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Replacement Rebels: Confederate Substitution and the Issue of Citizenship

Replacement Rebels: Confederate Substitution and the Issue of Citizenship <p>Abstract:</p><p>This article sheds new light on the Confederacy’s policy of military substitution. This policy, which allowed those eligible for conscription to provide a substitute who was not eligible in their place, has typically been construed through the lens of loyalty. The author seeks to move beyond this paradigm by contemplating the ways in which substitution fit with contemporary southern attitudes surrounding citizenship and its inherent duties. As the article contends, substitution became a discarded policy not simply because it caused class discontent, was subject to abuse, or was an impediment to the Confederacy’s pressing military manpower needs; it was discarded because it also grew to be increasingly incompatible with Confederate understandings of manhood and citizenship.</p> http://www.deepdyve.com/assets/images/DeepDyve-Logo-lg.png The Journal of the Civil War Era University of North Carolina Press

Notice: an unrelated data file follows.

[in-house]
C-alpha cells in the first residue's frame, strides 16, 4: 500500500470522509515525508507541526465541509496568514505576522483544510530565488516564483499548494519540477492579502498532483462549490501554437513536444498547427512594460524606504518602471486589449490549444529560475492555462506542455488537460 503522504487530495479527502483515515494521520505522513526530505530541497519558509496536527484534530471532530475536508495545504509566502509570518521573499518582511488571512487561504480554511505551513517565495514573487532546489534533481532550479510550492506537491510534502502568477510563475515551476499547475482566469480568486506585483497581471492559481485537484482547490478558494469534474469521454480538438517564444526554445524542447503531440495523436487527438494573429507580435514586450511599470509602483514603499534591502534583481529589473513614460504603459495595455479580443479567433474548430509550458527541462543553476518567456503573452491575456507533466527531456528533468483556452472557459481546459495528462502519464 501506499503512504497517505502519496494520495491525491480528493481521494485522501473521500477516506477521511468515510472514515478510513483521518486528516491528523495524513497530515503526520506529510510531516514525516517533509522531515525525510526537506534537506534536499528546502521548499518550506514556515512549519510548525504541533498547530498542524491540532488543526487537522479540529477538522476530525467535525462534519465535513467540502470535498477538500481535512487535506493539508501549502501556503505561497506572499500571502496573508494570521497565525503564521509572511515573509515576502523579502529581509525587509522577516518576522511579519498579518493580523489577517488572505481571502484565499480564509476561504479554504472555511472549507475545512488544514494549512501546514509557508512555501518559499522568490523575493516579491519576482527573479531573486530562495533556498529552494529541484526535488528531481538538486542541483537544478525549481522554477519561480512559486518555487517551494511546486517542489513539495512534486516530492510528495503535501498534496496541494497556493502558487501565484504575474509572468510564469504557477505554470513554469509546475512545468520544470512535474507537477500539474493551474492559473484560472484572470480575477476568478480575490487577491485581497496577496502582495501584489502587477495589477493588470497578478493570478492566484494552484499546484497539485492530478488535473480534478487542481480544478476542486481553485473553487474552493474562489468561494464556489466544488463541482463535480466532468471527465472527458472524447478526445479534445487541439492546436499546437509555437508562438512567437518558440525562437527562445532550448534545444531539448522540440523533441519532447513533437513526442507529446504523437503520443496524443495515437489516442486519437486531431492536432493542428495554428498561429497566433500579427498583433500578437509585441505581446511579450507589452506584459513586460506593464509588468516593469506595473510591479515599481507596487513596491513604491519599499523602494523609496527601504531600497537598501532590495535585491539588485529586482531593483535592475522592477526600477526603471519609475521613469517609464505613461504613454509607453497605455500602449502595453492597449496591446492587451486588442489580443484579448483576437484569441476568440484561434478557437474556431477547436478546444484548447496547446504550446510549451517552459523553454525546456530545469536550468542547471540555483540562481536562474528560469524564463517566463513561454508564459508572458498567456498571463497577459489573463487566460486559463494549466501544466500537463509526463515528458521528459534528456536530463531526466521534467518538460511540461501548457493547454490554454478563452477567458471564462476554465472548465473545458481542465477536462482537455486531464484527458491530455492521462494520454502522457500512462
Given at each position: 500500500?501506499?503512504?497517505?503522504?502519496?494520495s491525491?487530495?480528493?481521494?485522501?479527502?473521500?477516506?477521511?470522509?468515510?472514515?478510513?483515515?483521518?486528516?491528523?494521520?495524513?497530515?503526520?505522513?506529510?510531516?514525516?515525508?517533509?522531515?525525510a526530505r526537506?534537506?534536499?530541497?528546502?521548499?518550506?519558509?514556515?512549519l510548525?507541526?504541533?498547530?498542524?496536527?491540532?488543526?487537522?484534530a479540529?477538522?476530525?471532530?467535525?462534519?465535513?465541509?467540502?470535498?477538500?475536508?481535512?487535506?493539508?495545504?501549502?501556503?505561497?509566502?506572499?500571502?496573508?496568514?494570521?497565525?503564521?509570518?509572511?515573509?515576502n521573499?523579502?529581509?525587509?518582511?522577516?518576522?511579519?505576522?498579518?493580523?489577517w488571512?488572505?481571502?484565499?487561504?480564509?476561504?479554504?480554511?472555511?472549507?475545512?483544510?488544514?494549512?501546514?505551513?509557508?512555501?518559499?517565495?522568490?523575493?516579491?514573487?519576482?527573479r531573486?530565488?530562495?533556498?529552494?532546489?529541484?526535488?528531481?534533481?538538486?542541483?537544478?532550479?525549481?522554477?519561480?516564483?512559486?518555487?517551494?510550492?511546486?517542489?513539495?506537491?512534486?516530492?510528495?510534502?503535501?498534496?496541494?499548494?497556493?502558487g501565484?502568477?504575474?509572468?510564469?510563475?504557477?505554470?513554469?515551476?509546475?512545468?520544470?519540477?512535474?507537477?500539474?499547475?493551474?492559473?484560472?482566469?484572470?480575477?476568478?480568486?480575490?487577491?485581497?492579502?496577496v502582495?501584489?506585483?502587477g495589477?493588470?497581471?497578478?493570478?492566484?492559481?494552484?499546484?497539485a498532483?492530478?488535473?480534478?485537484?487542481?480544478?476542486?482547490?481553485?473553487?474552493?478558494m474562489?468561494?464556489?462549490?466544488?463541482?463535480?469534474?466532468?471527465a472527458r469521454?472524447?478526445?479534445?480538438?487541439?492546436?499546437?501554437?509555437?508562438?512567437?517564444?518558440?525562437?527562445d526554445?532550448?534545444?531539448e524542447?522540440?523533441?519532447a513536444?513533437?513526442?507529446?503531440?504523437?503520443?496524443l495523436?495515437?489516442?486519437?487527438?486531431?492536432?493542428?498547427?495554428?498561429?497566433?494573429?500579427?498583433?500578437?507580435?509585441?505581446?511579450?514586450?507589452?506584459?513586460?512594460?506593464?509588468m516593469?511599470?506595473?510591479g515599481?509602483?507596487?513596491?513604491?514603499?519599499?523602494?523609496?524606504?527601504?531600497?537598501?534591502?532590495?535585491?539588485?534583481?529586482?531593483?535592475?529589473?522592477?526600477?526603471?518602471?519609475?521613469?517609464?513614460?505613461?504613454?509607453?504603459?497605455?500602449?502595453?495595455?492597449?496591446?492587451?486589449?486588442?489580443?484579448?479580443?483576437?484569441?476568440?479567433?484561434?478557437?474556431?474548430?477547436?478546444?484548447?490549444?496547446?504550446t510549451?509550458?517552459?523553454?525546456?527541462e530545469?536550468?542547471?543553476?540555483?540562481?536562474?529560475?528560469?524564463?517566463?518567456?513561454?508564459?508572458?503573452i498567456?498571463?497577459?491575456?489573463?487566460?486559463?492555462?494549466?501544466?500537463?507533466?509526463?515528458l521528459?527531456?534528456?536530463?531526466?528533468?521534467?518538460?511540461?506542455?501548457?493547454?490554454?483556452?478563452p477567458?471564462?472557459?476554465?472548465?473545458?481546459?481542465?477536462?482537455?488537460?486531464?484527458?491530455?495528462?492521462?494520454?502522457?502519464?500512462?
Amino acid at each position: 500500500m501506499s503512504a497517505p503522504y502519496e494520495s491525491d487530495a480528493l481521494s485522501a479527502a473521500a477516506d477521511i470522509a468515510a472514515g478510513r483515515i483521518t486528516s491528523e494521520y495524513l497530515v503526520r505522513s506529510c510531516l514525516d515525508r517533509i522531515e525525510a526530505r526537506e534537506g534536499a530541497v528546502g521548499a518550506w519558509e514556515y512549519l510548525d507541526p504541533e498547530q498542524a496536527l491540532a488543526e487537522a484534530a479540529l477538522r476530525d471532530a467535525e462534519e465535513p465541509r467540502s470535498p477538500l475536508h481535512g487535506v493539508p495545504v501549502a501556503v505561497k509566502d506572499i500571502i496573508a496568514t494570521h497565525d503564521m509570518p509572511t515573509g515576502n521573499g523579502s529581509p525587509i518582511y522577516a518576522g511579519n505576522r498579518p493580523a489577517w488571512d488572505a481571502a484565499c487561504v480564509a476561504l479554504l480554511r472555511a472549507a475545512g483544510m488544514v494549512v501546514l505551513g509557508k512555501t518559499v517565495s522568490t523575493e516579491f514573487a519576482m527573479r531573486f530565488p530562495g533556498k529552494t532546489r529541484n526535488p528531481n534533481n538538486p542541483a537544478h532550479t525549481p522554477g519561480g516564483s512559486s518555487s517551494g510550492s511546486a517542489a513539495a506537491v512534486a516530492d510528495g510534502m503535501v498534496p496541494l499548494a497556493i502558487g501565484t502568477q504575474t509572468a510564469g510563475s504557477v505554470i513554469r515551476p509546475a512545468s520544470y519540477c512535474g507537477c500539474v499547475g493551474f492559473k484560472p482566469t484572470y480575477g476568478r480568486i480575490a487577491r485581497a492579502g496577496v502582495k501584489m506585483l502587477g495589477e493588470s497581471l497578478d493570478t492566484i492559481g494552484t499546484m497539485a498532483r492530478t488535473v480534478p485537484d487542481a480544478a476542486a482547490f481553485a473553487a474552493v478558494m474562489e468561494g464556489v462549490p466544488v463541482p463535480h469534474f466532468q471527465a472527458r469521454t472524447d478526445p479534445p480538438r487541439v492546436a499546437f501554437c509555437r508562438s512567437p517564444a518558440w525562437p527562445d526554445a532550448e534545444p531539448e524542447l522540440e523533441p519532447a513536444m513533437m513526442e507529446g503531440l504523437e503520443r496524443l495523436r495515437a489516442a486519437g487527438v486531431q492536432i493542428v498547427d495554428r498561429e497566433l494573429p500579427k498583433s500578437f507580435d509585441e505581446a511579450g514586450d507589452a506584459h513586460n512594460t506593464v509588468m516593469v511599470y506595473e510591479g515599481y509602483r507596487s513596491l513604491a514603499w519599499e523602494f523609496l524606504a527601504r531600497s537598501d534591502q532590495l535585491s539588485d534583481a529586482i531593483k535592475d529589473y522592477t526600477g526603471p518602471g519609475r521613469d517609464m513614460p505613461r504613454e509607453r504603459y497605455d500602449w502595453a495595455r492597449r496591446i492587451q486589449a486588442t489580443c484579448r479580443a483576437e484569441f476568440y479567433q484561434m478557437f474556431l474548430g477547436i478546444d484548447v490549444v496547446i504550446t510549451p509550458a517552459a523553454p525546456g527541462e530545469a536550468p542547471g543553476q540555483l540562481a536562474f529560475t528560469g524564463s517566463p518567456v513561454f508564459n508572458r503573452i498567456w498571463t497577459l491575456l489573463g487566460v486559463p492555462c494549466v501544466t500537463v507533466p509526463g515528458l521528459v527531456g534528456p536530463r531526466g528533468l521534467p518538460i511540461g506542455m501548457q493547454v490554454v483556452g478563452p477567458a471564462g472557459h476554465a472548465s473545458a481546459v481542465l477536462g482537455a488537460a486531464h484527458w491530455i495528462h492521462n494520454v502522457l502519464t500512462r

Replacement Rebels: Confederate Substitution and the Issue of Citizenship

The Journal of the Civil War Era , Volume 8 (1) – Mar 6, 2018

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Publisher
University of North Carolina Press
Copyright
Copyright @ The University of North Carolina Press
ISSN
2159-9807

Abstract

<p>Abstract:</p><p>This article sheds new light on the Confederacy’s policy of military substitution. This policy, which allowed those eligible for conscription to provide a substitute who was not eligible in their place, has typically been construed through the lens of loyalty. The author seeks to move beyond this paradigm by contemplating the ways in which substitution fit with contemporary southern attitudes surrounding citizenship and its inherent duties. As the article contends, substitution became a discarded policy not simply because it caused class discontent, was subject to abuse, or was an impediment to the Confederacy’s pressing military manpower needs; it was discarded because it also grew to be increasingly incompatible with Confederate understandings of manhood and citizenship.</p>

Journal

The Journal of the Civil War EraUniversity of North Carolina Press

Published: Mar 6, 2018

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